Exercise helps keep menopausal hot flashes at bay

Exercise may curb hot flashes among menopausal women, a new U.S. study has found.

Researchers from Penn State followed 92 menopausal women for just over two weeks. The women, aged 40 to 59, had mild to moderate symptoms, but were recruited for a physical activity study, not a study on menopause, researcher Steriani Elavsky said in a release. The women were also not on any form of hormone therapy.

Participants wore accelerometers to monitor their physical activity and also wore monitors that measured skin conductance, which varies with the moisture level of the skin.

The women self-reported hot flashes throughout the 15-day period.


On average, the women experienced fewer hot flash symptoms within the 24 hours following exercise compared to women who didn’t work out.

But the researchers noted the women who were classified as overweight, having a lower level of fitness, or experienced more frequent or more intense hot flashes, noticed the smallest reduction in symptoms.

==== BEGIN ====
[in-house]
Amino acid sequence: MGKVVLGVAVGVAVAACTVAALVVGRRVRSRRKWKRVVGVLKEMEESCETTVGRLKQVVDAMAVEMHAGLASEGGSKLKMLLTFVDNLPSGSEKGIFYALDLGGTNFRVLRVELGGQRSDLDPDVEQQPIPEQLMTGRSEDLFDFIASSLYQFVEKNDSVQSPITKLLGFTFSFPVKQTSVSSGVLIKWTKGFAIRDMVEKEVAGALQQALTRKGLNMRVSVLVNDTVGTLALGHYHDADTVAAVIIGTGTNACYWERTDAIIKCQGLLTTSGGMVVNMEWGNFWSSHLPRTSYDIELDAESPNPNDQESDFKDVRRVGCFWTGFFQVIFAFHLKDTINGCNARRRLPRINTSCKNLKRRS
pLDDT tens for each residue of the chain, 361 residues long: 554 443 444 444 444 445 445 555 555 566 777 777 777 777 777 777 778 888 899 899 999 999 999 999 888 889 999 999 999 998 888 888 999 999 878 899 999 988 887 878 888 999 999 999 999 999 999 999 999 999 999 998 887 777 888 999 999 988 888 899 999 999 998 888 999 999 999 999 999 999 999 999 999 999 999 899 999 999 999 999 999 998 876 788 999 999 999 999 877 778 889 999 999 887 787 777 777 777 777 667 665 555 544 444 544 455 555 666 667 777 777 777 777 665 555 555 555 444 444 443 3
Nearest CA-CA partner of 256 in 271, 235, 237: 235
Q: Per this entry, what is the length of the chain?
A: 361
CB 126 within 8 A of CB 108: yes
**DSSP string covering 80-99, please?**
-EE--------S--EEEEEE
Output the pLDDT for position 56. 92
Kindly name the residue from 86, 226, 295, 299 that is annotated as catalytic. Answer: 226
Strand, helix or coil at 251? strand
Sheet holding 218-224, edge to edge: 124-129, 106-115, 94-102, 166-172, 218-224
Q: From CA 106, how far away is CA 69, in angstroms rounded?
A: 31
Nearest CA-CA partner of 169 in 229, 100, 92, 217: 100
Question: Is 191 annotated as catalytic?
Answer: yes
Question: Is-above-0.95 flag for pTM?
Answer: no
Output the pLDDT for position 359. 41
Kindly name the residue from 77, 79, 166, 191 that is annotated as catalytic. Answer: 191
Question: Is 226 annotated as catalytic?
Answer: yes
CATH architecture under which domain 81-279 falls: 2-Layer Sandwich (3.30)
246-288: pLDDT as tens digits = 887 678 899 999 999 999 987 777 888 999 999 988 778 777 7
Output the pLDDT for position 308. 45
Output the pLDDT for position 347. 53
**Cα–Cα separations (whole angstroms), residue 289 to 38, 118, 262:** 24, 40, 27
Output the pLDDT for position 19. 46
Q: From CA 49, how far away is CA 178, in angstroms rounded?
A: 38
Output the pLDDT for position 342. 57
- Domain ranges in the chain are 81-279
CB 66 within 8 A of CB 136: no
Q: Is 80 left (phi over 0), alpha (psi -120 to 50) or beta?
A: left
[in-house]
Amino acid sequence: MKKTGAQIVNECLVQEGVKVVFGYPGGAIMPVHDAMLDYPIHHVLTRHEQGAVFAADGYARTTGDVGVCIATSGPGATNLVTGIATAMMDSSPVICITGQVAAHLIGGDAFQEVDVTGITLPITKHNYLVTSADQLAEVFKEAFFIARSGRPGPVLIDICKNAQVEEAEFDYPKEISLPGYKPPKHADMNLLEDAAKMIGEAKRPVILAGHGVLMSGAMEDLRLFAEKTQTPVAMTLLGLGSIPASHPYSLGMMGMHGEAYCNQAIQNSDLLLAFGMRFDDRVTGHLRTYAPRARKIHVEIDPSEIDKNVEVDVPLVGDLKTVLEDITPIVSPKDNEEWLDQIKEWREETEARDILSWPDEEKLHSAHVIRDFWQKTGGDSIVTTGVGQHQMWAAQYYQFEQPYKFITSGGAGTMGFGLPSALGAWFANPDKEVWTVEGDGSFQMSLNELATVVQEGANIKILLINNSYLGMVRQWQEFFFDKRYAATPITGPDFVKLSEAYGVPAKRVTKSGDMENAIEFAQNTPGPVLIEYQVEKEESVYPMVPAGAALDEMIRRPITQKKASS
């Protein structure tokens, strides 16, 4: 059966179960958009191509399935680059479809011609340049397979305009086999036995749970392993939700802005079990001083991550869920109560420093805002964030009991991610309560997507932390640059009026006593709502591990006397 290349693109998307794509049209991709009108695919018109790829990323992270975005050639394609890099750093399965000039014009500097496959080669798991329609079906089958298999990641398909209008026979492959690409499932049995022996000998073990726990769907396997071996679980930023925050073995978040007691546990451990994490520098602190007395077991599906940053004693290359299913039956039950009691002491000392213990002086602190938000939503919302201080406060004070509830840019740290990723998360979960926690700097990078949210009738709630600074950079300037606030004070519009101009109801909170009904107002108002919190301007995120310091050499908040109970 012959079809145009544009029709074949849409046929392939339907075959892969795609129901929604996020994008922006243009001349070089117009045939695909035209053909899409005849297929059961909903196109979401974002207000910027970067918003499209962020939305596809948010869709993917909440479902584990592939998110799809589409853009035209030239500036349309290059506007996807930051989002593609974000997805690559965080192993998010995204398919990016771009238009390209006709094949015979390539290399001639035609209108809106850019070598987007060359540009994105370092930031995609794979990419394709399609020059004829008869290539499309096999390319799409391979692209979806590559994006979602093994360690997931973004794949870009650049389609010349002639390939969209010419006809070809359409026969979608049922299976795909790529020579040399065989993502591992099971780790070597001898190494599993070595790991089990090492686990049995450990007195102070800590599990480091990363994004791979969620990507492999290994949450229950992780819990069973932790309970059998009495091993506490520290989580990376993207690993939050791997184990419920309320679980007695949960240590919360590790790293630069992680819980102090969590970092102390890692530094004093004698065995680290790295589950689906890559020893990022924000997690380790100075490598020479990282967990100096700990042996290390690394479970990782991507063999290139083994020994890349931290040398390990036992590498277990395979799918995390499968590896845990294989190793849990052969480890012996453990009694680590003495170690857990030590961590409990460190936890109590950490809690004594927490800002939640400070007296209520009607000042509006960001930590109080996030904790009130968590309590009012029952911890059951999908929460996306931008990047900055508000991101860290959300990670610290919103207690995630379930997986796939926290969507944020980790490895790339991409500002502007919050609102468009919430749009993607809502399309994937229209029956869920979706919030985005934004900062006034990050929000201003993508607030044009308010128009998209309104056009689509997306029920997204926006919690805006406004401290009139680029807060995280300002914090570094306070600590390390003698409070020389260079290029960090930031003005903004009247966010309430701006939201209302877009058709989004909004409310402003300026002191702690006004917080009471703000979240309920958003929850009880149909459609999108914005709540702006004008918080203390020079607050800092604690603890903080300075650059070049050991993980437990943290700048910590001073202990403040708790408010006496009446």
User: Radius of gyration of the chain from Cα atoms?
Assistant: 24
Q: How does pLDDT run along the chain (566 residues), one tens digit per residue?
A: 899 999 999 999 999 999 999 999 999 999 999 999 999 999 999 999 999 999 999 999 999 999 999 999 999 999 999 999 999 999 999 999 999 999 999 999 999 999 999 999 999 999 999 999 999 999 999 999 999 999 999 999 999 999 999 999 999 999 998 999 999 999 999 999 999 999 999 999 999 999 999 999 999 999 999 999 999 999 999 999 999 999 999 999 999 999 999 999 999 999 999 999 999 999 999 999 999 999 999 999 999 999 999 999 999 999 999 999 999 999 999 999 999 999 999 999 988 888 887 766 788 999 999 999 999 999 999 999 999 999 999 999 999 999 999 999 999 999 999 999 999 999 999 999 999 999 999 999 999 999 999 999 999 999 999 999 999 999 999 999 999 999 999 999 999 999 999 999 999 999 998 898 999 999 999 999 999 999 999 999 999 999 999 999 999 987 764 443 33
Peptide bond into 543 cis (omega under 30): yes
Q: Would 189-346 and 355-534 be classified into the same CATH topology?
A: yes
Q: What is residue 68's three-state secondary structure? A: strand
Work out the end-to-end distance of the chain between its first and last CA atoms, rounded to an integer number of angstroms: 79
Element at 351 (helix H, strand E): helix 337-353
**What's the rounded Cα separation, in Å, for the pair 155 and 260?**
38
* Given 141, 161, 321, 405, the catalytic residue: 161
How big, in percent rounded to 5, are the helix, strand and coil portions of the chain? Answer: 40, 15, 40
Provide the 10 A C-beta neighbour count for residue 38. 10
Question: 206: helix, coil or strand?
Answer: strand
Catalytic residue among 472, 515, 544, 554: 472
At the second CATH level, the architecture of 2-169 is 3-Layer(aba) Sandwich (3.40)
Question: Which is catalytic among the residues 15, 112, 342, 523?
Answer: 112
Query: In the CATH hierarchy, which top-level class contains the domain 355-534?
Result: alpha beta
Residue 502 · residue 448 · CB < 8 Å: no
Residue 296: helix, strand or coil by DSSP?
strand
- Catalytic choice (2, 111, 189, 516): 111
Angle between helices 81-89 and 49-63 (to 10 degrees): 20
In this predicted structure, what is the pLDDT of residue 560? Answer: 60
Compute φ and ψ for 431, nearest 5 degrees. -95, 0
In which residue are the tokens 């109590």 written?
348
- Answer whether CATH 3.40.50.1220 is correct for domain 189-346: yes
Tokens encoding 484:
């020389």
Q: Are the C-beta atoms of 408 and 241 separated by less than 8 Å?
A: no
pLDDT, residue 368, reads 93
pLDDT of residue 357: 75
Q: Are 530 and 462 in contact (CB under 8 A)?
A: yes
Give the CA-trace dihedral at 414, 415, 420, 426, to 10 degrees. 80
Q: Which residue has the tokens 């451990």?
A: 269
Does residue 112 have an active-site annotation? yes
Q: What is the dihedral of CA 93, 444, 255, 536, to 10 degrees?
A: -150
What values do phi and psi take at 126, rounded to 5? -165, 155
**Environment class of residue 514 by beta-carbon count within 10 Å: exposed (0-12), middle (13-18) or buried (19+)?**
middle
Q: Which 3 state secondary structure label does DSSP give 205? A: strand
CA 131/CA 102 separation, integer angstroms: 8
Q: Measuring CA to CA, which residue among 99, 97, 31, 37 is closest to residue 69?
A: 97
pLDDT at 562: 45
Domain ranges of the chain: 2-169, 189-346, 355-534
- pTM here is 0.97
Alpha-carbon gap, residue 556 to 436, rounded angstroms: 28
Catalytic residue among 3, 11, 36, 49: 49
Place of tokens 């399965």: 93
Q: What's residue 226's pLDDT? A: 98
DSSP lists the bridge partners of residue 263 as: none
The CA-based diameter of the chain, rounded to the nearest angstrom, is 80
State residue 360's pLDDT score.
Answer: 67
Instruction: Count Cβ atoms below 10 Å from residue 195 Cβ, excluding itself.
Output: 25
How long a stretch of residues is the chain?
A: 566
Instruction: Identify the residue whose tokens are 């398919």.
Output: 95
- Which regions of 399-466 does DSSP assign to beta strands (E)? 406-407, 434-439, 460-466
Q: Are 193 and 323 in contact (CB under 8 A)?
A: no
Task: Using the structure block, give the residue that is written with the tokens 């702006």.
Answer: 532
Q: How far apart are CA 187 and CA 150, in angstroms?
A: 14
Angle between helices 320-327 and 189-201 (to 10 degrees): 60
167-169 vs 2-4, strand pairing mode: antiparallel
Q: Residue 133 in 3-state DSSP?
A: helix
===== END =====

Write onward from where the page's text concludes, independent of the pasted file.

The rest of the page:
The researchers said more work needs to be done to see if diet and exercise can help women through menopause.

“For women with mild to moderate hot flashes, there is no reason to avoid physical activity for the fear of making symptoms worse,” Elavsky said. “In fact, physical activity may be helpful, and is certainly the best way to maximize health as women age. Becoming and staying active on a regular basis as part of your lifestyle is the best way to ensure healthy aging and well being, regardless of whether you experience hot flashes or not.”

The study appears in the current issue of the journal Menopause.

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